ROME/MADRID (Reuters) - Spanish bank giant Santander has agreed to sell Antonveneta before it has even bought it, snapping up a $13.2 billion offer from Banca Monte dei Paschi di Siena that hands it hefty gains and creates Italy’s No.3 lender.
The deal enlivens Italy’s banking consolidation, which many analysts had thought was nearly over after the birth of two domestic bank giants this year, and gives Monte Paschi more clout on its increasingly competitive home turf.
Santander is in the process of acquiring Antonveneta as part of a three-way break-up bid for Dutch ABN AMRO, in which the Italian bank was valued at about 6.6 billion euros ($9.66 billion) including its corporate banking arm Interbanca.
Interbanca, which is not being sold to Monte Paschi, was valued at about 800 million-1.1 billion euros. Santander said it would sell that unit as well for the right price.
Monte Paschi, which expressed interest in Antonveneta earlier this year, had been hunting for a partner to avoid being relegated to a regional player after the emergence of domestic behemoths UniCredit and Intesa Sanpaolo.
“Santander are amazing. They’ve managed to get huge capital gains in a deal they still haven’t closed in very little time,” said Javier Galan, fund manager at brokerage Renta 4.
“It’s just a spectacular deal.”
Santander said it would now cancel a capital increase of up to 4 billion euros it was planning as part of its funding of its 19.8 billion-euro bill in the ABN bid.
Monte Paschi said it expected at least 360 million euros in cost and revenues synergies from Antonveneta.
“They’re offering 9 billion (euros) and can get better synergies out of Antonveneta than Santander could as a new entrant into the market,” a source close to the deal said.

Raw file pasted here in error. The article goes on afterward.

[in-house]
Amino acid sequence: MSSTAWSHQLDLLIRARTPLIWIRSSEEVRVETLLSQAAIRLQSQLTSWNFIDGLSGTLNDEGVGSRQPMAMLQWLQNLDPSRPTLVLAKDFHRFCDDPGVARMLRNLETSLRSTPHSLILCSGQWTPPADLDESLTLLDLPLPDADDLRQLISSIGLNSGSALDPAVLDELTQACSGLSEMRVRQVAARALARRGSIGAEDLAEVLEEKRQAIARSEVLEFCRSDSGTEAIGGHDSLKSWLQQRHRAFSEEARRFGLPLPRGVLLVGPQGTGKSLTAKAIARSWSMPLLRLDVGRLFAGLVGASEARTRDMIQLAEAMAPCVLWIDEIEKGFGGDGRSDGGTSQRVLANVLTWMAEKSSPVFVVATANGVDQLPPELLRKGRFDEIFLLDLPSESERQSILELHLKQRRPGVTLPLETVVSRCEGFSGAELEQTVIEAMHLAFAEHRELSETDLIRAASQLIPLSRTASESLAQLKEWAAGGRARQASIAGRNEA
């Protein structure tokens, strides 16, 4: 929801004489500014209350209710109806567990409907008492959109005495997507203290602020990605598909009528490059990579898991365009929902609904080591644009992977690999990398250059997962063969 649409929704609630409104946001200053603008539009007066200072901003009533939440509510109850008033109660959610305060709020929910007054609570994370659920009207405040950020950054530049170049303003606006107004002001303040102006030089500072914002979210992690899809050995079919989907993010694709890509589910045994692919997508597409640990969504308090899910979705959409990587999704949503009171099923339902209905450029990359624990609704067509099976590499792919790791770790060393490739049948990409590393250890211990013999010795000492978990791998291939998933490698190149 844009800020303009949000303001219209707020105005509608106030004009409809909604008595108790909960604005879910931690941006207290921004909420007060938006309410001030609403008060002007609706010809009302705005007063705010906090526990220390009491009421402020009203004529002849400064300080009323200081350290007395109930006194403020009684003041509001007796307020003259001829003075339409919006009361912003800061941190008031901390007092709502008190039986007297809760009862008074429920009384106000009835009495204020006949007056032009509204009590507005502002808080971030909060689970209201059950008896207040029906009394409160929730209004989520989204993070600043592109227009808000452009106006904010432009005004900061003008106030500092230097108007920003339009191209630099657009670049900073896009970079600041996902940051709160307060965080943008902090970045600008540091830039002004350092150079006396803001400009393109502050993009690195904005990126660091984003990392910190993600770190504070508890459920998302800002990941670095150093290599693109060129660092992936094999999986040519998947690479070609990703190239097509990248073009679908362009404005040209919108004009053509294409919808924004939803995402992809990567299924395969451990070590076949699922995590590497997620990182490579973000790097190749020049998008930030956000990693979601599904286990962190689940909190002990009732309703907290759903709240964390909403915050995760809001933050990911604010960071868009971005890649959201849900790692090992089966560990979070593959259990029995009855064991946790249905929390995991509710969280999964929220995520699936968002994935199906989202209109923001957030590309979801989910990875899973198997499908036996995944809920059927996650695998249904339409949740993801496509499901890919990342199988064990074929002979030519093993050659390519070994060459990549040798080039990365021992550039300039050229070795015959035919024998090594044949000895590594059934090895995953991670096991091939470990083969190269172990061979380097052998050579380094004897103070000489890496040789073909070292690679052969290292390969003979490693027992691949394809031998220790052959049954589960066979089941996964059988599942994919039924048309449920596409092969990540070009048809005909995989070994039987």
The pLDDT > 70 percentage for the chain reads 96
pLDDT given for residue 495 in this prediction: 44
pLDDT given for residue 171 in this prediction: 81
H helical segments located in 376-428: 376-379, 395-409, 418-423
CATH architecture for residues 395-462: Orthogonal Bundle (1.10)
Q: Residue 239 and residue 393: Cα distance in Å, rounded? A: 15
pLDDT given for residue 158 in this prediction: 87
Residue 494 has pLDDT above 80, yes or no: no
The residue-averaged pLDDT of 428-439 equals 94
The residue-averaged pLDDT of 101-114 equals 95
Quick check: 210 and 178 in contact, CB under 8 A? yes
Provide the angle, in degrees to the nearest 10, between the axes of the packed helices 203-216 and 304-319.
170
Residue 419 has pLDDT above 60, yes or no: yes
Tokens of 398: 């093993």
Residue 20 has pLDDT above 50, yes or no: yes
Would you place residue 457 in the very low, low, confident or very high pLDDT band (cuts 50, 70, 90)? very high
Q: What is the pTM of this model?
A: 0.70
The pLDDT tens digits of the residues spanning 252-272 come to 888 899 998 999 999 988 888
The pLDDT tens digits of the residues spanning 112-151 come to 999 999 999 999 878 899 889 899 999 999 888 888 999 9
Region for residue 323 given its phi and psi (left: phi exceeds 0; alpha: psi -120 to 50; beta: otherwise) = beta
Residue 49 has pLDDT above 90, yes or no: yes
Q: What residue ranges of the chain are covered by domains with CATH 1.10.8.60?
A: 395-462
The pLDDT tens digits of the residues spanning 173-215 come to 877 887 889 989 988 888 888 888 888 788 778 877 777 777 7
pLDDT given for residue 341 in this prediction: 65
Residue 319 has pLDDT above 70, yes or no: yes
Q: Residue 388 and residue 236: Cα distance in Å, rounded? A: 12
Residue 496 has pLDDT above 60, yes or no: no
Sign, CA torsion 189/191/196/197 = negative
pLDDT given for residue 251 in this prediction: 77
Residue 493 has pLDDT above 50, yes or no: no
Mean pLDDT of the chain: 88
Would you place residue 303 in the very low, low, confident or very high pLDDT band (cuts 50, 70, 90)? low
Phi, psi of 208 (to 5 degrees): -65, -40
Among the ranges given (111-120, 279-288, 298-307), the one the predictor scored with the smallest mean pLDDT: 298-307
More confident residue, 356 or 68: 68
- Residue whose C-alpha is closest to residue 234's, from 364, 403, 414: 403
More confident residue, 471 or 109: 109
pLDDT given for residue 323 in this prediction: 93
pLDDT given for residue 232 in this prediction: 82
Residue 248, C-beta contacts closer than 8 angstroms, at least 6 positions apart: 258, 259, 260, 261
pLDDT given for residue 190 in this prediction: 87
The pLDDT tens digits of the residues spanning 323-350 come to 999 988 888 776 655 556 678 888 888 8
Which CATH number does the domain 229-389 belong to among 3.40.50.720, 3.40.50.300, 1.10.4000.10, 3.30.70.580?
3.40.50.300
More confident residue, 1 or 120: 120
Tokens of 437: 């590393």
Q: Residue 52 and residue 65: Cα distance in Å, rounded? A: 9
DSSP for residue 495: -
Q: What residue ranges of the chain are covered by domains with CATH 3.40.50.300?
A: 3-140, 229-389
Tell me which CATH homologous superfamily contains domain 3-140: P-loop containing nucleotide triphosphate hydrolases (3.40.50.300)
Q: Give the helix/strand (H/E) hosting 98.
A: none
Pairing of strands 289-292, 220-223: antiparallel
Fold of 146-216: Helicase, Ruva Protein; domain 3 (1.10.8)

Bank branches in Italy have been sold at between 9 and 10 million euros a branch in recent deals, in line with the price Monte Paschi paid for Antonveneta’s around 1,000 bank branches.
Santander shares jumped on the news and closed up 3.9 percent at 15 euros. Monte Paschi shares were suspended.
Antonveneta gives Monte Paschi a much-needed chance to grow in the rapidly consolidating Italian market and gives the Siena-based bank a new foothold in the rich north-east where Antonveneta is strongest.
The deal nudges Monte Paschi a bit closer to UniCredit and Intesa Sanpaolo — both of which are worth over 60 billion euros — in a sector where a wave of acquisitions has ensured that size matters.
The Tuscan bank, controlled by a local foundation and until recently reluctant to join the consolidation frenzy, will have roughly 3,000 branches after the deal.
Though Monte Paschi had appointed a merger adviser in March to look into its options to grow, the deal was the brainchild of its top executives, sources close to Monte Paschi said.
The buy will boost Monte Paschi’s profit from 2009. It will be financed in half by equity and partly by the sale of non-core assets, Monte Paschi said.
Antonveneta was the target of a fierce takeover battle before ABN AMRO acquired it in 2006 for 7.5 billion euros.
Santander said it has no further acquisition plans at the moment and that its return on investment from the ABN deal would jump to 19 percent by 2010 from 13 percent previously.
But the ABN deal will now add 4 percent to its earnings per share by 2010 instead of 5 percent previously forecast.
Previously, analysts had said that Santander’s big win in the ABN deal was its Brazilian unit Banco Real, which together with Santander’s current operations there will make it the country’s third largest bank.
However, they had also seen good growth potential in Italy, where Santander has long been present with stakes in banks and insurers and where it has been building up a presence in consumer finance and private banking.
(Additional reporting by Juan Navarro and Jesus Aguado in Madrid and Stefano Bernabei in Rome)
Editing by David Cowell/Elizabeth Fullerton